I, of course, did not see any of this at the time. And the assumptions I just leveled are just that. I could say I "saw" something and instinct and impulse took over. I like this shot for it's unwillingness to explain -- it's openness to conjecture - mine and yours. These people share this split second in time but couldn't be more different from each other. They have that in common and will never know it ...... wait a minute!! I must stop now least I dig deeper into the bullshit I warned against above - if I haven't already.    



Last Minute Printing Sessions

Mayor Coleman Young at Checker's Bar and Grill, Detroit   1980

This print of Mayor Young is included in a hand full or two of new prints. Mostly 13x19 with a few 11x14. Next meeting is May 1st. -  about 10 more days. Most are done but still have to dig around for a couple of elusive negatives. Will this one make it in? Or maybe sometime in the future.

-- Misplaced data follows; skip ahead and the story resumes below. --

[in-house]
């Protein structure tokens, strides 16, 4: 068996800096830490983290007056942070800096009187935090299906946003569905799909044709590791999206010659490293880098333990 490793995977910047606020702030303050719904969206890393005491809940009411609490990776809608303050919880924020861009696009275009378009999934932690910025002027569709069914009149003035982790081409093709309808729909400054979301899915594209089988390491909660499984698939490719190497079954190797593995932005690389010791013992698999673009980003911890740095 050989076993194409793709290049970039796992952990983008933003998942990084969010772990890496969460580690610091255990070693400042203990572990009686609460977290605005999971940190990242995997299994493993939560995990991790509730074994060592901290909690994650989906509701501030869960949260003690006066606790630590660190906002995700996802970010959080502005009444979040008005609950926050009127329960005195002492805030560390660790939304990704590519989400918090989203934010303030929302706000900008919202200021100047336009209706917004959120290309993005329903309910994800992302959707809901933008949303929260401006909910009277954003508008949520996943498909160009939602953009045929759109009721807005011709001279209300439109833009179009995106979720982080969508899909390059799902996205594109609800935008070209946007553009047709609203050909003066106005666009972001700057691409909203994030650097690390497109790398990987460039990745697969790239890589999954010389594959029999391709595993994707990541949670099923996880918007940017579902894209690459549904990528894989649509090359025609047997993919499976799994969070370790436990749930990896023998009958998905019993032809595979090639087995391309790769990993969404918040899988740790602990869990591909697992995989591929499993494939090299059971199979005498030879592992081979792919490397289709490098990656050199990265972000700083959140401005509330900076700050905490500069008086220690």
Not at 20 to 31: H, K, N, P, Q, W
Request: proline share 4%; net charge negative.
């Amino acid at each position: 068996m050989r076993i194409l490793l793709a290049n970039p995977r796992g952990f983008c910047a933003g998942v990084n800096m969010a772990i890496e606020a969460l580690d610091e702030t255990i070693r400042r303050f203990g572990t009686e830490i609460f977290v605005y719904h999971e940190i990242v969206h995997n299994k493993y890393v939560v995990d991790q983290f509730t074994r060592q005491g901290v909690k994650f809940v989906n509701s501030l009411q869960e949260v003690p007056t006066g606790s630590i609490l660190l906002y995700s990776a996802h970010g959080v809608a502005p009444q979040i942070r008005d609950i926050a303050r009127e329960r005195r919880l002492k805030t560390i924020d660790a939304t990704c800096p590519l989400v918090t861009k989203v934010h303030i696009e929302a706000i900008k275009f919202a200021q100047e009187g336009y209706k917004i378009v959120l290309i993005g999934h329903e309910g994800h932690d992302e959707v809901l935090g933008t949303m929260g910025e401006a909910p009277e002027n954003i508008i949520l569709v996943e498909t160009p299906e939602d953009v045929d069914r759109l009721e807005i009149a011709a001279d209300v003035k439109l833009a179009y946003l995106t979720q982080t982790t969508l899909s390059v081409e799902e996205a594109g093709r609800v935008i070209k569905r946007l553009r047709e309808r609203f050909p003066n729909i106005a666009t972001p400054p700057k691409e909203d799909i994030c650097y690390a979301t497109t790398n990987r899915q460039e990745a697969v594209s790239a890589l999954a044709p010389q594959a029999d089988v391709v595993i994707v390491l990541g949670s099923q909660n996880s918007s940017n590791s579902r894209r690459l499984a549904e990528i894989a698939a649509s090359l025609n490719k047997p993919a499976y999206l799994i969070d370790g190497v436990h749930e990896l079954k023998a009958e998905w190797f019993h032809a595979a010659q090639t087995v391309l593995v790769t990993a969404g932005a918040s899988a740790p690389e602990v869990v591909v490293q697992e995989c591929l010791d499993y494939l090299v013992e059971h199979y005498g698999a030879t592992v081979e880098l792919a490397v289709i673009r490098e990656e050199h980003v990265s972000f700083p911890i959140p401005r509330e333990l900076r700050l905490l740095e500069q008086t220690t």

Update: Initial Thoughts and Plans for Exhibit

Agreed on title - "A Working Life: Detroit Photographs by Russ Marshall, 1958 - 2008". Looks like the main focus will be my labor, factory, industrial stuff. Nancy is thinking about a big grid with 20-30 photographs of the worker portraits. Maybe a few of the 16x20 portraits along side. There are a handful of 16x20s of the Rouge Plant that will probably fill out the wall.

The European/UK shots will find a home in the smaller gallery room adjacent to the main room. The music and night shots will be grouped. I suggested, sort of, a set of women musicians, singers and workers could work seeing as how the year 2020 will be the 100th year anniversary of the vote to admit the women's vote in elections. May not make any sense at all.

In the meantime I'm printing shots Nancy selected from Detroit Doc that she thought might be considered for either the exhibit or the exhibit book/catalog. Also have to dig up some tear sheets and get a few of my books together to take down at the end of the month.